BFGB: Big Friendly German Bank?

By: Andrea Ferrell

With a slowing German economy, the merger between the German Giants Deutsche Bank and Commerzbank was always going to be hard to pull off

April 29, 2019 Preface: The merger between Commerzbank and Deutsche Bank has fallen through as Deutsche Bank says the merger “would not have created sufficient benefits to offset the additional execution risks, restructuring costs and capital requirements”

As the American financial markets celebrated their first decade since the Great Recession, the European financial markets cannot celebrate the same milestone. The repercussions of the ultra low interest rate environment created by the Great Recession and the European Debt Crisis of 2012 are still being felt throughout Europe. Italy, for example, entered a recession at the end of 2018. Germany, the usual indicator of the health of the European economy, is no exception to the slowdown. There has been a decline in German manufacturing orders, which, in conjunction with other unfavorable data, has resulted in negative yields on long term German bonds. Germany’s two largest banks, Deutsche bank and Commerzbank, heavily impacted by the weakening Eurozone economy,  aimed at a merger with lofty goals to create a banking giant. But the variety of obstacles both banks faced caused talks to fall apart. Let’s explore why.

Before the Great Recession of 2008, Deutsche bank was one of the “best” banks in the world. Their investment banking division was top ranked, and Deutsche was considered a “bulge-bracket bank.” However, after the 2008 crisis, Deutsche began to deal with scandal after scandal. Fines for the manipulation of the LIBOR rate, money laundering cases and bets on Brexit had eroded the once powerful bank. In June of 2018, they failed a Federal Reserve-mandated Stress test, demonstrating their weakening profitability. Deutsche’s problems stemmed from high costs and low revenue growth (which were further exacerbated by the low interest environment of Europe and the highly fragmented domestic banking sector in Germany). There had been some promising signs of improvements in Deutsche bank’s balance sheet when the bank reported positive profitability for the year of 2018, whereas annual income had been negative for 2016 and 2017.

One of Deutsche’s rivals, Commerzbank, saw similar problems. Like Deutsche Bank, Commerzbank had many scandals surrounding money laundering. After the 2008 recession Commerzbank was bailed out by the German government, and consequently the German government now owns 15% of Commerzbank. Unlike Deutsche, Commerzbank has no investment bank and relies solely on its commercial bank to generate profits. Commerzbank conducts most of its business in Germany, where profitability for retail banks is hard to come by because those looking for loans have a plethora of options to visit (with over 1,600 different banks in Germany, market space is tough).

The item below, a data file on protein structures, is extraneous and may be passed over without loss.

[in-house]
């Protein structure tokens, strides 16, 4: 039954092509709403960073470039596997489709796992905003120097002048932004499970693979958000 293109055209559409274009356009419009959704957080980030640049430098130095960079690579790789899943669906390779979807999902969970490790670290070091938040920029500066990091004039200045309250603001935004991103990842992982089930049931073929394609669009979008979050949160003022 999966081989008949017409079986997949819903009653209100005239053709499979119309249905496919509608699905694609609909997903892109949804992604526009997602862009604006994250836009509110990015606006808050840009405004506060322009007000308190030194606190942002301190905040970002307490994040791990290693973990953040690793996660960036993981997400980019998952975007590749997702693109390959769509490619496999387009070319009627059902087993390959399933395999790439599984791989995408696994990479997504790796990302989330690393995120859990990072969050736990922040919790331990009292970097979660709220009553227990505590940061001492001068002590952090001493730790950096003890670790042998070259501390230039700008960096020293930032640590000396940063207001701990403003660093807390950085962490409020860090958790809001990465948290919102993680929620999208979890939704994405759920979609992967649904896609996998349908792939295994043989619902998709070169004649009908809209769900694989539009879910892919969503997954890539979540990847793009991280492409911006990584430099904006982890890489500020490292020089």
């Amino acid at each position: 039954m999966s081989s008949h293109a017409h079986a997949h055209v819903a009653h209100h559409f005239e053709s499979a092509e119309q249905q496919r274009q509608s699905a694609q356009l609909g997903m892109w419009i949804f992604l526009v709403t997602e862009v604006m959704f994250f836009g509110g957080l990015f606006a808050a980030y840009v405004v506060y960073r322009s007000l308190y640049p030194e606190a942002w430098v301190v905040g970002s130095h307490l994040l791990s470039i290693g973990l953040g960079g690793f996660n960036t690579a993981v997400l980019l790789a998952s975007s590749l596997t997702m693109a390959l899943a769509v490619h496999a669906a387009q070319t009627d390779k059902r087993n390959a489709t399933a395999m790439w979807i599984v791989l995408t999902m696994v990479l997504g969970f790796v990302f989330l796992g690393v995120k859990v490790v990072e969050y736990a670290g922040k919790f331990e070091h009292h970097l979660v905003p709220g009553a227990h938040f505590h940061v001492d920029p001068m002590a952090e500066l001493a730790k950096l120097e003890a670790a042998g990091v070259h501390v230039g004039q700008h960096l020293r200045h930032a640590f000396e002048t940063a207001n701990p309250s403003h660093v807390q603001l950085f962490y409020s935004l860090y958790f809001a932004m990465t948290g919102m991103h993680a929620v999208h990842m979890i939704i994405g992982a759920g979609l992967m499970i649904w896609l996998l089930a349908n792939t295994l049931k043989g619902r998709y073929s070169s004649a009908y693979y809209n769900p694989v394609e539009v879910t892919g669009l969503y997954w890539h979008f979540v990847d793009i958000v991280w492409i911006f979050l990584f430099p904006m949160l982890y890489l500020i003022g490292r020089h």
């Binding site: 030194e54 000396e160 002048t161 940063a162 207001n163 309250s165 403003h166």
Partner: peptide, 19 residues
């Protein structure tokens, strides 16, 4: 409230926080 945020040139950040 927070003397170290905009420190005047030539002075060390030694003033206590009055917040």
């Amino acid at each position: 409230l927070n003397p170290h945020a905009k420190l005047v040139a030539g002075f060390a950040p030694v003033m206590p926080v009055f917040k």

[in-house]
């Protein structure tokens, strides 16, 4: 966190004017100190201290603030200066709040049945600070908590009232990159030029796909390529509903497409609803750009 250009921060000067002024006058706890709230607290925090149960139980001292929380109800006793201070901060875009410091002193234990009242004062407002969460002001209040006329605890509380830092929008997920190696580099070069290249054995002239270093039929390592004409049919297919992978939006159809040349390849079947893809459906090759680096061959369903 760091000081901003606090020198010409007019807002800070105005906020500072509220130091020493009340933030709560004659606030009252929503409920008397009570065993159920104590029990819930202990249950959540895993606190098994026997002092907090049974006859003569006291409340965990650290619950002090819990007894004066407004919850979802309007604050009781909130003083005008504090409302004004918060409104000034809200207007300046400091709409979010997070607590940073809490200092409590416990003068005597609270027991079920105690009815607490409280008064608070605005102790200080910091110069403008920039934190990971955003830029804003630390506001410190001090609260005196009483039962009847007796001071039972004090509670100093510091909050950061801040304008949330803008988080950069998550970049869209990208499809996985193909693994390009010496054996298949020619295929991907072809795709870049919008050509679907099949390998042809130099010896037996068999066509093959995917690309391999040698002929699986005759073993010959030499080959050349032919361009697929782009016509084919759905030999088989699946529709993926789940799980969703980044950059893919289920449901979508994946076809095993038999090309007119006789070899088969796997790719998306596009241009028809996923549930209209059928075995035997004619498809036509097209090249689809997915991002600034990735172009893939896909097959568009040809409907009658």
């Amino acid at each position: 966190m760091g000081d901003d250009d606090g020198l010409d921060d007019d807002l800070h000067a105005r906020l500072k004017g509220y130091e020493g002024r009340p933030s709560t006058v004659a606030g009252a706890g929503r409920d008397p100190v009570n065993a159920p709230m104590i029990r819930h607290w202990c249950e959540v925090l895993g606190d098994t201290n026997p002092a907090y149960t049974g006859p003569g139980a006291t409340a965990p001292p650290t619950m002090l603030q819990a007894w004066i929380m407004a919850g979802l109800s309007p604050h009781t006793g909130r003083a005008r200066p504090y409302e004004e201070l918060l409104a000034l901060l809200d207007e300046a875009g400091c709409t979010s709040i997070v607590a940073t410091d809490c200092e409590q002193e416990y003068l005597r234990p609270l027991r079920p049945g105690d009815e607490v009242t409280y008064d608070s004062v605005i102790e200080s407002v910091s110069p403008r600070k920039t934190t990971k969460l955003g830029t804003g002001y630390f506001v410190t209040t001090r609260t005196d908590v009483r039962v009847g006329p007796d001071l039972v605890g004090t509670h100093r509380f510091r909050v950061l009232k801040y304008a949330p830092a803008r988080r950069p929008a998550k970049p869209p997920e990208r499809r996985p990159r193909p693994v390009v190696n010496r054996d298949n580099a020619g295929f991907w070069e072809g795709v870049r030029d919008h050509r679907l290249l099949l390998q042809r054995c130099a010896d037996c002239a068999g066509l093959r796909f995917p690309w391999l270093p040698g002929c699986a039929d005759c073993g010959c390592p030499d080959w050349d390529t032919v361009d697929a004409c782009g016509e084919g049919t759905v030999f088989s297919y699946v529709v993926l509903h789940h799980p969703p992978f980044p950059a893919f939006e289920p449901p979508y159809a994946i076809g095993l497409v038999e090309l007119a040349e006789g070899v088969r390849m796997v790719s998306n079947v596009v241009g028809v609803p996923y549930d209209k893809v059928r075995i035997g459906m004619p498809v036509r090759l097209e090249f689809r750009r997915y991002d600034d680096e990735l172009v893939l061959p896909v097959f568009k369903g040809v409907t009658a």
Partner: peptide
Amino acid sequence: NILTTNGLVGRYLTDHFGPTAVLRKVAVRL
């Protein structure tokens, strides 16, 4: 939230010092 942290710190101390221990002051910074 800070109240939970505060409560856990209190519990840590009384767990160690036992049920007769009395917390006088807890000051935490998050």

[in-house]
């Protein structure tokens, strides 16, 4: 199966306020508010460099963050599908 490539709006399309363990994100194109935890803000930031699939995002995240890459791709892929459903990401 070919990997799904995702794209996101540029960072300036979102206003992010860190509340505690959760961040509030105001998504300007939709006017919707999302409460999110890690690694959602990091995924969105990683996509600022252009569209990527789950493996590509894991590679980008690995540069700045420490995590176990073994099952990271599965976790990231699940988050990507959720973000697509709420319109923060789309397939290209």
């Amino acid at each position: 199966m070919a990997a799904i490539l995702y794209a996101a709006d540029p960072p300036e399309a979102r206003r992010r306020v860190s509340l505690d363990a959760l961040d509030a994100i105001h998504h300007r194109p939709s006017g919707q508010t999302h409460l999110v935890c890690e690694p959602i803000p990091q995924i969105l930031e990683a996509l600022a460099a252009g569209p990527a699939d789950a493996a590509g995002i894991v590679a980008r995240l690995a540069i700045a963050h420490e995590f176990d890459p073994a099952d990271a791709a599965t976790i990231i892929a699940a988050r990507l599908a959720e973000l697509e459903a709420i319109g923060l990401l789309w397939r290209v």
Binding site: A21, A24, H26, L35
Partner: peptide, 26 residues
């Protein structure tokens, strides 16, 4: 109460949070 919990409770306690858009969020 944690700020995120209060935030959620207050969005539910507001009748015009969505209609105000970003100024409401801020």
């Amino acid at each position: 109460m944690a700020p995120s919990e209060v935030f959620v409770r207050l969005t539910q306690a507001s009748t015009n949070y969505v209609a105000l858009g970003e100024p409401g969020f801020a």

A merger between these two weakening banks had been brewing for years, and finally, formal talks were announced on March 17, 2019.

Proponents of the merger argued that it would allow these two weak banks to lean on each other and support their respective weak spots. If the merger were to be successful, then the combined bank would have a combined balance sheet of over $2T and become the third largest European bank. The deal was supported by the German government, but was met with a variety of obstacles that impeded its success.

The first was union resistance. The banking workers, represented by the union Verdi,  expressed negative sentiment towards the deal. A merger of this size would have resulted in a loss of about 30,000 jobs, so union opposition was unsurprising. Likewise, Germany’s strict labor laws and regulations regarding the removal of workers requires a long and costly process.

In addition to the workers, the merger faced opposition from shareholders, who did not want the value of their shares diluted. While the German government already supported the deal, Deutsche’s had other significant shareholders with competing interests, such as the Chinese conglomerate HNA Group and the Qatari royal family. Blackrock, a shareholder in both banks, had stated that it would have had to see further details of the deal before making any judgements. The last obstacle was from European Central Bank regulators, who wanted Deutsche bank to merge with a stable cross-border bank.

This merger between Deutsche bank and Commerzbank could have restored the lost pride of the German banking industry. If the merger were  successful, the combined bank would have been large enough to compete with the highly fragmented German banking landscape and on the larger world scale. Likewise, European banks could have gotten a boost from a bank with such a large balance sheet as many had been dealing with the same stagnant growth  across Europe. But it is significant to note that the combination of the already two weak banks could have created a weaker bank that was destined to go under.

Works Cited:

Image source:

Aarons, S. (2018, June 24). Why Deutsche Bank Can’t Just Shake Off Its Problems. Retrieved from

Desjardins, J. (2019, March 11). Chart: The Epic Collapse of Deutsche Bank. Retrieved from

Kowsmann, P. (2019, March 25). How a Merger Between Deutsche Bank and Commerzbank Stacks Up. Retrieved from

Palumbo, A. W. (2019, April 08). Germany’s economy: Should we be worried? Retrieved from

Riley, C. (2019, March 18). 30,000 job cuts and muddled strategy could doom Germany’s big bank merger. Retrieved from

Storbeck, O. (2019, April 09). Commerzbank pledges to maintain employee interests as Deutsche Bank merger talks continue. Retrieved from

Strasburg, J., Kowsmann, P., & Pancevski, B. (2019, March 17). Deutsche Bank and Commerzbank Enter Formal Merger Talks. Retrieved from